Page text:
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I have some data to which I'd like to fit a GLM using PyMC3. Here are the posterior predictive regression lines plotted along with the data points:

enter image description here

Domain knowledge indicates that a linear model with zero-intercept is appropriate and the data looks linearly related. However, it feels as though the fit is not OK since the post predictive lines seem to cover only a few data points, leaving most out. Is this intuition correct? In this case, 64% of the data points are not covered by the regression lines.

The PyMC3 model I used is really simple:

with pm.Model() as geom_glm:
    pm.GLM.from_formula('delta_p ~ 0 + sot', dados)    
    step = pm.Metropolis()
    trace = pm.sample(draws = 10**4, step = step)

plt.plot(dados['sot'], dados['delta_p'], 'x', label='dados')
pm.plot_posterior_predictive_glm(trace,
                                 lm = lambda x, sample: sample['sot'] * x,
                                 eval = dados['sot'],
                                 label = 'posterior predictive check',
                                 samples = 1000)

If I allow the intercept to be inferred from the data as well (even though domain knowledge indicates this is inappropriate), the situation doesn't seem to improve much:

enter image description here

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It's nothing to worry about. Bayesian linear regression is (to simplify) just linear regression with random variables for the slope and intercept.

Now, the posterior distributions for the slope and intercept random variables permit many credible values for those parameters. And those combinations of credible parameters permit many credible regression lines to be drawn:

enter image description here

(Source for stylised image: http://www.indiana.edu/~jkkteach/WorkshopUWM2012.html)

The shaded area on your chart is simply a similar representation for the above.

I would argue the opposite to you: I would argue that you want the shaded region to be as tight as possible, to have more "confidence" (in the non-technical sense of the word) in the fitted regression line.

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    $\begingroup$ I’d like the shaded region to be as tight as the data (and the prior) allow, but no further. My question is whether the data allow it to be as tight as it currently is. In fact, the chart you showed also strikes me as “too tight” (lots of data points outside the shaded area). I’d like to know if my intuition about this is off. $\endgroup$ – LmnICE Feb 3 '18 at 3:34
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    $\begingroup$ The regression line represents the conditional mean of $Y$ given $X$. There's no reason that the credible area for such means should cover any data points at all. Again, it's not a problem. $\endgroup$ – A. G. Feb 3 '18 at 7:06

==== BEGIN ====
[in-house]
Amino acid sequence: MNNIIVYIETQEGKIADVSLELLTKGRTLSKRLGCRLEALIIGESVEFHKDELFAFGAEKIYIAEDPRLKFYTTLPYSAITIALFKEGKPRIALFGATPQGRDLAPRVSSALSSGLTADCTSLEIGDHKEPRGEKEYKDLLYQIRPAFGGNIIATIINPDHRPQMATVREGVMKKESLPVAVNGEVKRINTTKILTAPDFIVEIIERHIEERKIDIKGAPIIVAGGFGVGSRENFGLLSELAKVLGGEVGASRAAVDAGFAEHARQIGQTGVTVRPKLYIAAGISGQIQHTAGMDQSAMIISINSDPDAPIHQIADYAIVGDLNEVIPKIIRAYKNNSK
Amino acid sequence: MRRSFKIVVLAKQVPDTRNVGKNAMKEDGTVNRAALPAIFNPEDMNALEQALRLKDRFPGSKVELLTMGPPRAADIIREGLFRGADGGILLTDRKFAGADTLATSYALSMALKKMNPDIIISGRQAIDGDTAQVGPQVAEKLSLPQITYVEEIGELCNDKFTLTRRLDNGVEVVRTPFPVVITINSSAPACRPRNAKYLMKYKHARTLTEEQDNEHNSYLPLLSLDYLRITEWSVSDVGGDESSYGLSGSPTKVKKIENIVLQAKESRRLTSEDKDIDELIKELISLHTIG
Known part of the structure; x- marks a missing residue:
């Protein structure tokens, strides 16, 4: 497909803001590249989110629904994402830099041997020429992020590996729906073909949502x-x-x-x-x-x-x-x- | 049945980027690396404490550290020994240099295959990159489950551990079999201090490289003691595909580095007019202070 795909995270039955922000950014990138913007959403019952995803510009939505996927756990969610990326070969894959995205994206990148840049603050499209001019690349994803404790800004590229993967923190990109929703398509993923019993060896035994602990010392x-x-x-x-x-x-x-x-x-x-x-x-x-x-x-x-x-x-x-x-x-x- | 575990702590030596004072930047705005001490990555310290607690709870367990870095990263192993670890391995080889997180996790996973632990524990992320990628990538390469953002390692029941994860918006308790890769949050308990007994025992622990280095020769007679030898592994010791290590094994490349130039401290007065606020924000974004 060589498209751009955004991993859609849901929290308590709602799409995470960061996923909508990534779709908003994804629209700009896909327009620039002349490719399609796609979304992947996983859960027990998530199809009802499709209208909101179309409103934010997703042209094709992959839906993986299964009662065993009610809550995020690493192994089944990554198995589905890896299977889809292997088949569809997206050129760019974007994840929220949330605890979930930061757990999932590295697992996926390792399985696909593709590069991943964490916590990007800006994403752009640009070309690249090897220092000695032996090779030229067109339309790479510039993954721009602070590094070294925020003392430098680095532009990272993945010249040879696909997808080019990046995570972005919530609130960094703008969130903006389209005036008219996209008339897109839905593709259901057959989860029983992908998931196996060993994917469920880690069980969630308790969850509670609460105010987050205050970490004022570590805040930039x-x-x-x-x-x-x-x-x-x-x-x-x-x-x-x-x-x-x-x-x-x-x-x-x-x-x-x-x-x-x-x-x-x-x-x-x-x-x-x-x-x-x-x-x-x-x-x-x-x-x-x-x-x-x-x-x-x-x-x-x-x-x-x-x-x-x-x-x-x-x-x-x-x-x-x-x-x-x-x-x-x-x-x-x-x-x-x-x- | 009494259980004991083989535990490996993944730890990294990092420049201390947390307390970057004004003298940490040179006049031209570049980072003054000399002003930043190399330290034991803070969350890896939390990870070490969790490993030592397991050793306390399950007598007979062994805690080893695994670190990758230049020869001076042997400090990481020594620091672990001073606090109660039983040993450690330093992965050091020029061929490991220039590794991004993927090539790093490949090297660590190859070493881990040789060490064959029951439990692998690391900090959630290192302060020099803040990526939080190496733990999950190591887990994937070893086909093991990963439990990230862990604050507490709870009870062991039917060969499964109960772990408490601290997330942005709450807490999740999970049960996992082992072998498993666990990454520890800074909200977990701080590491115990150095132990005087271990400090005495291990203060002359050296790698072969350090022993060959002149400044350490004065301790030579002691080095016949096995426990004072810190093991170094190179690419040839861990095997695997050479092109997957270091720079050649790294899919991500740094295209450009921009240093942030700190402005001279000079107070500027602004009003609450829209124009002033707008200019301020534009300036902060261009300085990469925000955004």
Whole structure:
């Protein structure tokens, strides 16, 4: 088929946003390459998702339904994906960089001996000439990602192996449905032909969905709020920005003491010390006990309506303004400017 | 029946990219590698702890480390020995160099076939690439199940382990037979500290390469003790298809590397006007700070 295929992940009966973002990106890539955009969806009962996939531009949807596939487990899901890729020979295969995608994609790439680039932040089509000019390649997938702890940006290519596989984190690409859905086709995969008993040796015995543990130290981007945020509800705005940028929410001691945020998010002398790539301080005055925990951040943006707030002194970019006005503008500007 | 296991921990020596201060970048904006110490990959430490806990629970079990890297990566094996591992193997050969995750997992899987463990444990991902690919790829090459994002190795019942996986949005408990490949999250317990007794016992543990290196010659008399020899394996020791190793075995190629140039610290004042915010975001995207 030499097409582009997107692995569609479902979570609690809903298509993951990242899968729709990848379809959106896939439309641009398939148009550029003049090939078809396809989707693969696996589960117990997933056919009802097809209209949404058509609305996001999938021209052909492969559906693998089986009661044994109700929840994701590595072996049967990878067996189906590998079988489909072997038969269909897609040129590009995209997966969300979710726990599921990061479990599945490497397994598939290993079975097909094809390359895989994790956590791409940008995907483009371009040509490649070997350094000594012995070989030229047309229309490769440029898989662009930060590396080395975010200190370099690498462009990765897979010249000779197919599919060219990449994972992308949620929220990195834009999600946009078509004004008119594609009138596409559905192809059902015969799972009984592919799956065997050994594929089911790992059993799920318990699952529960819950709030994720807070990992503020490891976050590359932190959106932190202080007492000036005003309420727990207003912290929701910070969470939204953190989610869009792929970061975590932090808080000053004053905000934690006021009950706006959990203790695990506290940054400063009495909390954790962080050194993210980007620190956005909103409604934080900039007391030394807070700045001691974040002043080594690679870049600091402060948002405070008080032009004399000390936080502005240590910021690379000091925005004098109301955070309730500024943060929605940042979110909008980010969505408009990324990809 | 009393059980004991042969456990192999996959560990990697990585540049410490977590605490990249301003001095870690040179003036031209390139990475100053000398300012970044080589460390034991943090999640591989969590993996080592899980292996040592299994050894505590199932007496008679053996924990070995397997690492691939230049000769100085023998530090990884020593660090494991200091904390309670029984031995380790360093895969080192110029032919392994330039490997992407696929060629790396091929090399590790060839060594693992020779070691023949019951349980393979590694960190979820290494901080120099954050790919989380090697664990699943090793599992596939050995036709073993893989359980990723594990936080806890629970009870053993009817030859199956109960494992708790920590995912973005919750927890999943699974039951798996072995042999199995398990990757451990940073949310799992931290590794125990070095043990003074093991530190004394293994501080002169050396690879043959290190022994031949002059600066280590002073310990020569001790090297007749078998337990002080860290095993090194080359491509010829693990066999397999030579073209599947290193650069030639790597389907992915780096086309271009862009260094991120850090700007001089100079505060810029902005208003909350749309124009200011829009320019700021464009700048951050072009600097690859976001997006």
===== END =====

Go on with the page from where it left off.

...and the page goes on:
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    $\begingroup$ No, you're already predicting $Y$ using the conditional mean: $\hat{Y} \approx E[Y|X]$. This is the very core of the linear regression model - it's a model for the mean, and this is how it is defined in statistics and machine learning textbooks. But there's nothing wrong with this because the conditional mean is the optimal predictor for $Y$ under a squared loss. This is why it is so widely used. Here's a proof: stats.stackexchange.com/a/71869/190932 $\endgroup$ – A. G. Feb 5 '18 at 10:34
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    $\begingroup$ Yes, I understand it can be confusing. Sure, you are indeed trying to model the relationship between the dependent variable $Y$ and covariate(s) $X$. But linear regression can only predict $E[Y|X]$. Have a look at this stylised representation: fao.org/docrep/w5449e/w5449egf.gif If you want a model between $Y$ and $X$ that works in a different way, then you should pick a different model. $\endgroup$ – A. G. Feb 5 '18 at 11:36
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    $\begingroup$ It should theoretically be possible to do without changing the model, like in this rJAGs example: doingbayesiandataanalysis.blogspot.co.uk/2015/10/… But I'm not sure how you'd do it in PyMC3, as I'm no expert in this particular library. Perhaps you can try asking a follow-up question about this, quoting this link, and see if anyone has any better ideas? $\endgroup$ – A. G. Feb 5 '18 at 12:38

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